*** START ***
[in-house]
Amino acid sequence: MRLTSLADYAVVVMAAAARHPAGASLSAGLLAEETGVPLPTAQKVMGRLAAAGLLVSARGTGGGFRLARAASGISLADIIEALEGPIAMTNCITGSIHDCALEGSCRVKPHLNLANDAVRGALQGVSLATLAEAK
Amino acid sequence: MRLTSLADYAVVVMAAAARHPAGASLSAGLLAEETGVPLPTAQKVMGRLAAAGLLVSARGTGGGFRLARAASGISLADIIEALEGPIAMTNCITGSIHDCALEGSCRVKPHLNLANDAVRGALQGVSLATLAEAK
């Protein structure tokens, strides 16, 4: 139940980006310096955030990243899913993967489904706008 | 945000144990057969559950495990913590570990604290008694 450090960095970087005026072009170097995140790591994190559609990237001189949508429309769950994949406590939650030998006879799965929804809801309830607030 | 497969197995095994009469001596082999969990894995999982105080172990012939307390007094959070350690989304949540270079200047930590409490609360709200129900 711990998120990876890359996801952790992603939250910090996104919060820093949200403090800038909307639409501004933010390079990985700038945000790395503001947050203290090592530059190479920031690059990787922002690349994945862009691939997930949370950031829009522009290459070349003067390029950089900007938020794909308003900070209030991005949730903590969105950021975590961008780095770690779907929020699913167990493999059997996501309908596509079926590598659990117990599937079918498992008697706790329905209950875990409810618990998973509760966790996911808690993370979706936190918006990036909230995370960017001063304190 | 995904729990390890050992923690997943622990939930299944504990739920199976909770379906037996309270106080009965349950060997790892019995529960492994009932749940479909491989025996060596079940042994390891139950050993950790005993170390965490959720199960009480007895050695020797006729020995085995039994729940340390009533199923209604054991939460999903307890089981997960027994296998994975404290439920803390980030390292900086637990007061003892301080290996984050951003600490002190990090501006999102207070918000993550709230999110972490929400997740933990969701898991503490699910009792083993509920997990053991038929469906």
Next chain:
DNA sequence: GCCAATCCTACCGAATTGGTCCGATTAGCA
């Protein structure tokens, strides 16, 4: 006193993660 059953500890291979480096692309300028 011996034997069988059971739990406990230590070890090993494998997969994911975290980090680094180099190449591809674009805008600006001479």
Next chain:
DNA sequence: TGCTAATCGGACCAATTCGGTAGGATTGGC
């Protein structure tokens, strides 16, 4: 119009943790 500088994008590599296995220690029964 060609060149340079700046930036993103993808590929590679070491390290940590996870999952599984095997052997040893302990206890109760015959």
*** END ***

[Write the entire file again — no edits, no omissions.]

[in-house]
Amino acid sequence: MRLTSLADYAVVVMAAAARHPAGASLSAGLLAEETGVPLPTAQKVMGRLAAAGLLVSARGTGGGFRLARAASGISLADIIEALEGPIAMTNCITGSIHDCALEGSCRVKPHLNLANDAVRGALQGVSLATLAEAK
Amino acid sequence: MRLTSLADYAVVVMAAAARHPAGASLSAGLLAEETGVPLPTAQKVMGRLAAAGLLVSARGTGGGFRLARAASGISLADIIEALEGPIAMTNCITGSIHDCALEGSCRVKPHLNLANDAVRGALQGVSLATLAEAK
């Protein structure tokens, strides 16, 4: 139940980006310096955030990243899913993967489904706008 | 945000144990057969559950495990913590570990604290008694 450090960095970087005026072009170097995140790591994190559609990237001189949508429309769950994949406590939650030998006879799965929804809801309830607030 | 497969197995095994009469001596082999969990894995999982105080172990012939307390007094959070350690989304949540270079200047930590409490609360709200129900 711990998120990876890359996801952790992603939250910090996104919060820093949200403090800038909307639409501004933010390079990985700038945000790395503001947050203290090592530059190479920031690059990787922002690349994945862009691939997930949370950031829009522009290459070349003067390029950089900007938020794909308003900070209030991005949730903590969105950021975590961008780095770690779907929020699913167990493999059997996501309908596509079926590598659990117990599937079918498992008697706790329905209950875990409810618990998973509760966790996911808690993370979706936190918006990036909230995370960017001063304190 | 995904729990390890050992923690997943622990939930299944504990739920199976909770379906037996309270106080009965349950060997790892019995529960492994009932749940479909491989025996060596079940042994390891139950050993950790005993170390965490959720199960009480007895050695020797006729020995085995039994729940340390009533199923209604054991939460999903307890089981997960027994296998994975404290439920803390980030390292900086637990007061003892301080290996984050951003600490002190990090501006999102207070918000993550709230999110972490929400997740933990969701898991503490699910009792083993509920997990053991038929469906």
Next chain:
DNA sequence: GCCAATCCTACCGAATTGGTCCGATTAGCA
């Protein structure tokens, strides 16, 4: 006193993660 059953500890291979480096692309300028 011996034997069988059971739990406990230590070890090993494998997969994911975290980090680094180099190449591809674009805008600006001479």
Next chain:
DNA sequence: TGCTAATCGGACCAATTCGGTAGGATTGGC
């Protein structure tokens, strides 16, 4: 119009943790 500088994008590599296995220690029964 060609060149340079700046930036993103993808590929590679070491390290940590996870999952599984095997052997040893302990206890109760015959």